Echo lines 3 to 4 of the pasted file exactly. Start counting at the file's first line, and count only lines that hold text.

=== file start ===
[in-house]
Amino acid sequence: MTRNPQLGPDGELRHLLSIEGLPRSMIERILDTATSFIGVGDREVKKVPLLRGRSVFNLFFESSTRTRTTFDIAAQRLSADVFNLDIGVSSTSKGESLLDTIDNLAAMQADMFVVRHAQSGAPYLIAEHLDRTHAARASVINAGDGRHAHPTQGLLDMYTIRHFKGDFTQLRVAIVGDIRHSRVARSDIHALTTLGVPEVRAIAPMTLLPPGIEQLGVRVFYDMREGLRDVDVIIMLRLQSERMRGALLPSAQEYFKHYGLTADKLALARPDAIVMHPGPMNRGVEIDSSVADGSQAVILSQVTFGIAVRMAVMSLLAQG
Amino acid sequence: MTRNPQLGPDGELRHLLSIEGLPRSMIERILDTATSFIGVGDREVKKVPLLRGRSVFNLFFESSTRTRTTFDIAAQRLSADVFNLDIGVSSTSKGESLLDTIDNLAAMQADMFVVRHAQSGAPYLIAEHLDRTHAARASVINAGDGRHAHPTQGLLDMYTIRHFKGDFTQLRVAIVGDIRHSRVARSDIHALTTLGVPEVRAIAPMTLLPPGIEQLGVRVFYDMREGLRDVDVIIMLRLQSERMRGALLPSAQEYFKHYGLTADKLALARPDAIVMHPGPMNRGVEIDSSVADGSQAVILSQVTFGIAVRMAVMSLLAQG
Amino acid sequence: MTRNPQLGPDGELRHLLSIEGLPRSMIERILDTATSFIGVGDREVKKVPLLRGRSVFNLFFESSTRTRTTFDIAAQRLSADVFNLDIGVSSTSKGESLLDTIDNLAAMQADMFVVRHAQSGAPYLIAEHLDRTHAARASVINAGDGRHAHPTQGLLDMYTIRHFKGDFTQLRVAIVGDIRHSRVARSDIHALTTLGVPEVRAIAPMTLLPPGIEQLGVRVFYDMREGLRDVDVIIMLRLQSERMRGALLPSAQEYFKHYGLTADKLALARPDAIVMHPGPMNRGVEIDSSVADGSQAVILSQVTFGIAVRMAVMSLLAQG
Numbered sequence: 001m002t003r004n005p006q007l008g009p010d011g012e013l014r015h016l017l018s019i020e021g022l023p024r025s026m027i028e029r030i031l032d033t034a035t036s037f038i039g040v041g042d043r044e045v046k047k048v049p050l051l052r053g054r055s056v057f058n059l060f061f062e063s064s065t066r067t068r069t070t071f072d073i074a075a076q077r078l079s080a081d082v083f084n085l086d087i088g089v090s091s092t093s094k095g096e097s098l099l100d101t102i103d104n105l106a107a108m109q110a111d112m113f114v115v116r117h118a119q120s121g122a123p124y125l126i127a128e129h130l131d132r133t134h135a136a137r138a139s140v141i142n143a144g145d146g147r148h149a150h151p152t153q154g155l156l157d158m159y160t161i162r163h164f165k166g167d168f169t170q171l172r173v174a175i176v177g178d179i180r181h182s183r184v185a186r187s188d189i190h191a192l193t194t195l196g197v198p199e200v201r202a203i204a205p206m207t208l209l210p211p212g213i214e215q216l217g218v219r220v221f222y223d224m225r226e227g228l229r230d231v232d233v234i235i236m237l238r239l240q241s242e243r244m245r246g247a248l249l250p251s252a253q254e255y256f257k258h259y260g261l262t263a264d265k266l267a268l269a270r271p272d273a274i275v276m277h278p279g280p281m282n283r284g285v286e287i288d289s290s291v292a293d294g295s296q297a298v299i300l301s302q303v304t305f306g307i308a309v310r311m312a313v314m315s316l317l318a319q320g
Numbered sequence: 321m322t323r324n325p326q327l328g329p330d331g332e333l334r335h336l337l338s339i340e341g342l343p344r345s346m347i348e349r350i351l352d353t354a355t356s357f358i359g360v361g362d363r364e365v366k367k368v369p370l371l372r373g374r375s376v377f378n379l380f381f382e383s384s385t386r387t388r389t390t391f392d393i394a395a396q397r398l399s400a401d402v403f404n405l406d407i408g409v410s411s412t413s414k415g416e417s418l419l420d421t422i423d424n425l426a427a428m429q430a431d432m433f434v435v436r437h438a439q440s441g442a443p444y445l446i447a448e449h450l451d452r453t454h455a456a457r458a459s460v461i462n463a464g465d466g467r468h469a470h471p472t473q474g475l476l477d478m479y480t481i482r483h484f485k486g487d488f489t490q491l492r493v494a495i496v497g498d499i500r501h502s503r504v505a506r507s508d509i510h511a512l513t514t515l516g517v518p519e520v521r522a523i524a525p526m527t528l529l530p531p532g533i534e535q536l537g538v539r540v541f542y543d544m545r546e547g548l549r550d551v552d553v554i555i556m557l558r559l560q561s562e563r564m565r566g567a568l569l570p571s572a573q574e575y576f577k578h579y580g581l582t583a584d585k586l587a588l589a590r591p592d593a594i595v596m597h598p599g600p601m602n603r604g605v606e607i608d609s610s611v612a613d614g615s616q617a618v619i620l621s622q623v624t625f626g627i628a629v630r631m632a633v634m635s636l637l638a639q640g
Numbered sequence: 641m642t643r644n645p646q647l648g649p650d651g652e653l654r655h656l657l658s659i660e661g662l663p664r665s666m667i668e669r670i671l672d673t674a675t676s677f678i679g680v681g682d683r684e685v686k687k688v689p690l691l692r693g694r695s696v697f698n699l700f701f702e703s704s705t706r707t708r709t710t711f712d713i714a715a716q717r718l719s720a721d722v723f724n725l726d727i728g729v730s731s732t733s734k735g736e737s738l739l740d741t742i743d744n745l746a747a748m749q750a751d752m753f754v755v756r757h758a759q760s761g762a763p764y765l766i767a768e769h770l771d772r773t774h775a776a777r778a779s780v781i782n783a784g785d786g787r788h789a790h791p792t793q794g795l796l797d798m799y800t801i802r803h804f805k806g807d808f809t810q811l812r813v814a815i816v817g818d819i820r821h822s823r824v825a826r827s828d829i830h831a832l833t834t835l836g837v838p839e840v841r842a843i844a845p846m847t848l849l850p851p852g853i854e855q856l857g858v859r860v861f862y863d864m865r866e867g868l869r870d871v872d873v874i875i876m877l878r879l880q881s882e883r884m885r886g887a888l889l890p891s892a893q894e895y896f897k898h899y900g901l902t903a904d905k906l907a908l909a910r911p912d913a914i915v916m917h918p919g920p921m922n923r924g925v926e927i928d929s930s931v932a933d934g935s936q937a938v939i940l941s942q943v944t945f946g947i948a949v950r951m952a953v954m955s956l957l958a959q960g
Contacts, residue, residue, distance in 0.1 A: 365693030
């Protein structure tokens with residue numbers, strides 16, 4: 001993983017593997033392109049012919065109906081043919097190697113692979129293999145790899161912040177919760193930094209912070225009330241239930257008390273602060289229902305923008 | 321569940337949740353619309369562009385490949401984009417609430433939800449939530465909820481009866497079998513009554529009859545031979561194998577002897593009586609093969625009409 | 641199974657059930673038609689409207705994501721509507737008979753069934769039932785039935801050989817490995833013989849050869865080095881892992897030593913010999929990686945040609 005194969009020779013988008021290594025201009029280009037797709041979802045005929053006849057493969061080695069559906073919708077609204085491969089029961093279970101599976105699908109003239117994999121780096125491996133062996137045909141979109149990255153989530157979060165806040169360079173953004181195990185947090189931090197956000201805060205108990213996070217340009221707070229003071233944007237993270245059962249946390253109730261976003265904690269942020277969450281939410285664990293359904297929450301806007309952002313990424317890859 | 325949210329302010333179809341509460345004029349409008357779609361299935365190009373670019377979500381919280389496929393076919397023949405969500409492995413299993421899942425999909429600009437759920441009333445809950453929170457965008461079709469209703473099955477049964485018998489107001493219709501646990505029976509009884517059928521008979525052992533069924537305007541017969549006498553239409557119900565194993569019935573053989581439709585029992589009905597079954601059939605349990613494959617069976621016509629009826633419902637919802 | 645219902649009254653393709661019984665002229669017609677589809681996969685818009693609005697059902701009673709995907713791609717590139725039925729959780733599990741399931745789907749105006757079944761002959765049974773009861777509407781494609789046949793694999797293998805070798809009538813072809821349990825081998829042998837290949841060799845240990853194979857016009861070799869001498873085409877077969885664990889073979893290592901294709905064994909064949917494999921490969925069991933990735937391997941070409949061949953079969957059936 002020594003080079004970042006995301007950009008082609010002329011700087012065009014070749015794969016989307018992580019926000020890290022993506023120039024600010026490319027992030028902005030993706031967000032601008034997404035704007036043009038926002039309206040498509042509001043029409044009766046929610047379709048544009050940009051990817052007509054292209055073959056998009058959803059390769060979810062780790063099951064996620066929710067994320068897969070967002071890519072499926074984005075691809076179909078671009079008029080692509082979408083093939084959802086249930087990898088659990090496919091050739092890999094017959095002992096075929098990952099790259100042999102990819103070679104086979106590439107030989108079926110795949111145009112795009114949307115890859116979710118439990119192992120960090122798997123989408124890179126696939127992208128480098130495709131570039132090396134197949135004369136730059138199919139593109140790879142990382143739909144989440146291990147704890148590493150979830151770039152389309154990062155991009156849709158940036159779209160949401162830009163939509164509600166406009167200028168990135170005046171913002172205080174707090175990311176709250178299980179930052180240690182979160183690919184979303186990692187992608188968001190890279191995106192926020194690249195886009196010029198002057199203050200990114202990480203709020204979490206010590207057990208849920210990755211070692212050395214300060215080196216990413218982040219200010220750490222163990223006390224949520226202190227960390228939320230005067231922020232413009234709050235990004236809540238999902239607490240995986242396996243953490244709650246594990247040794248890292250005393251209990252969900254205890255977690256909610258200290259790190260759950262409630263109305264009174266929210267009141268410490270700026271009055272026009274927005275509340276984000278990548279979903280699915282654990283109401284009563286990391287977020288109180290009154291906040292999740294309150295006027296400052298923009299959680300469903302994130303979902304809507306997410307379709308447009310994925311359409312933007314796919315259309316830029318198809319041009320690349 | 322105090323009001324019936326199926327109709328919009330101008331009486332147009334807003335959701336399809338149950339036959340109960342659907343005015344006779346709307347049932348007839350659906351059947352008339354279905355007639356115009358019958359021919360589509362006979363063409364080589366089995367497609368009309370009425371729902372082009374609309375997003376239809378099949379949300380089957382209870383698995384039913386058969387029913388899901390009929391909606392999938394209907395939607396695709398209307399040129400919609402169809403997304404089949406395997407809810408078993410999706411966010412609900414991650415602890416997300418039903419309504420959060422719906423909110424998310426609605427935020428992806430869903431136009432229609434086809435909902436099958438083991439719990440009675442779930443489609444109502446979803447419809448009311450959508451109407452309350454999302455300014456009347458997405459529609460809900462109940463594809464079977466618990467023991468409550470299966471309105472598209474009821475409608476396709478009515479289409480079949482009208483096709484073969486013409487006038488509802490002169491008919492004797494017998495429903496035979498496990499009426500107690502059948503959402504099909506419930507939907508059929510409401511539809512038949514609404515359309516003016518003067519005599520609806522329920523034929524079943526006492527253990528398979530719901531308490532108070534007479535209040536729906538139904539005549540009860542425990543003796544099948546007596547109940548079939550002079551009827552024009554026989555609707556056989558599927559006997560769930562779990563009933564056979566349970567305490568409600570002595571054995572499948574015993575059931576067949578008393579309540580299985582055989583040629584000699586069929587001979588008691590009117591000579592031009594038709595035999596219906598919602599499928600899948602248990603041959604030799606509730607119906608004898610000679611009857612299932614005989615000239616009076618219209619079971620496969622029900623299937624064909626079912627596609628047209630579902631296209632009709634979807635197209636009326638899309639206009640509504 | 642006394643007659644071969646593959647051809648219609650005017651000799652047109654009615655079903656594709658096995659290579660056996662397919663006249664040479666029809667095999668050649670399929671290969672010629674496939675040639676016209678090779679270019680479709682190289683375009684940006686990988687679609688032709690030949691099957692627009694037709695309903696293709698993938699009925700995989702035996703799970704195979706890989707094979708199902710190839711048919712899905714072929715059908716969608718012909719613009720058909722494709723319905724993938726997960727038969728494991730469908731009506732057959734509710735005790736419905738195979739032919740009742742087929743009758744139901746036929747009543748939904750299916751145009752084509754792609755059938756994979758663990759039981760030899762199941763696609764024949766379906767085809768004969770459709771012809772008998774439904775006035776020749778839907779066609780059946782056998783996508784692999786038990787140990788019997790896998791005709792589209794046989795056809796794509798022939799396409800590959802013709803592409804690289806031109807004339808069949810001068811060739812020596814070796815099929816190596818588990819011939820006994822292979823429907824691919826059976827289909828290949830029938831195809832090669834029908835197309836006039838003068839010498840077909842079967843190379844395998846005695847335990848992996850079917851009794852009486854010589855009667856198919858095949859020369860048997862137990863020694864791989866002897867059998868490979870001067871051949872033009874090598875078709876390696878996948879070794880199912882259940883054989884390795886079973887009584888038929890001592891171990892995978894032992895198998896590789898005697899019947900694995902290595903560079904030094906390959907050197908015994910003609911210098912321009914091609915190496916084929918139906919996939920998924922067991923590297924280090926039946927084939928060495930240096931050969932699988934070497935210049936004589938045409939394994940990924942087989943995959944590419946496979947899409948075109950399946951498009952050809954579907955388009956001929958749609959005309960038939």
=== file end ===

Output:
Amino acid sequence: MTRNPQLGPDGELRHLLSIEGLPRSMIERILDTATSFIGVGDREVKKVPLLRGRSVFNLFFESSTRTRTTFDIAAQRLSADVFNLDIGVSSTSKGESLLDTIDNLAAMQADMFVVRHAQSGAPYLIAEHLDRTHAARASVINAGDGRHAHPTQGLLDMYTIRHFKGDFTQLRVAIVGDIRHSRVARSDIHALTTLGVPEVRAIAPMTLLPPGIEQLGVRVFYDMREGLRDVDVIIMLRLQSERMRGALLPSAQEYFKHYGLTADKLALARPDAIVMHPGPMNRGVEIDSSVADGSQAVILSQVTFGIAVRMAVMSLLAQG
Amino acid sequence: MTRNPQLGPDGELRHLLSIEGLPRSMIERILDTATSFIGVGDREVKKVPLLRGRSVFNLFFESSTRTRTTFDIAAQRLSADVFNLDIGVSSTSKGESLLDTIDNLAAMQADMFVVRHAQSGAPYLIAEHLDRTHAARASVINAGDGRHAHPTQGLLDMYTIRHFKGDFTQLRVAIVGDIRHSRVARSDIHALTTLGVPEVRAIAPMTLLPPGIEQLGVRVFYDMREGLRDVDVIIMLRLQSERMRGALLPSAQEYFKHYGLTADKLALARPDAIVMHPGPMNRGVEIDSSVADGSQAVILSQVTFGIAVRMAVMSLLAQG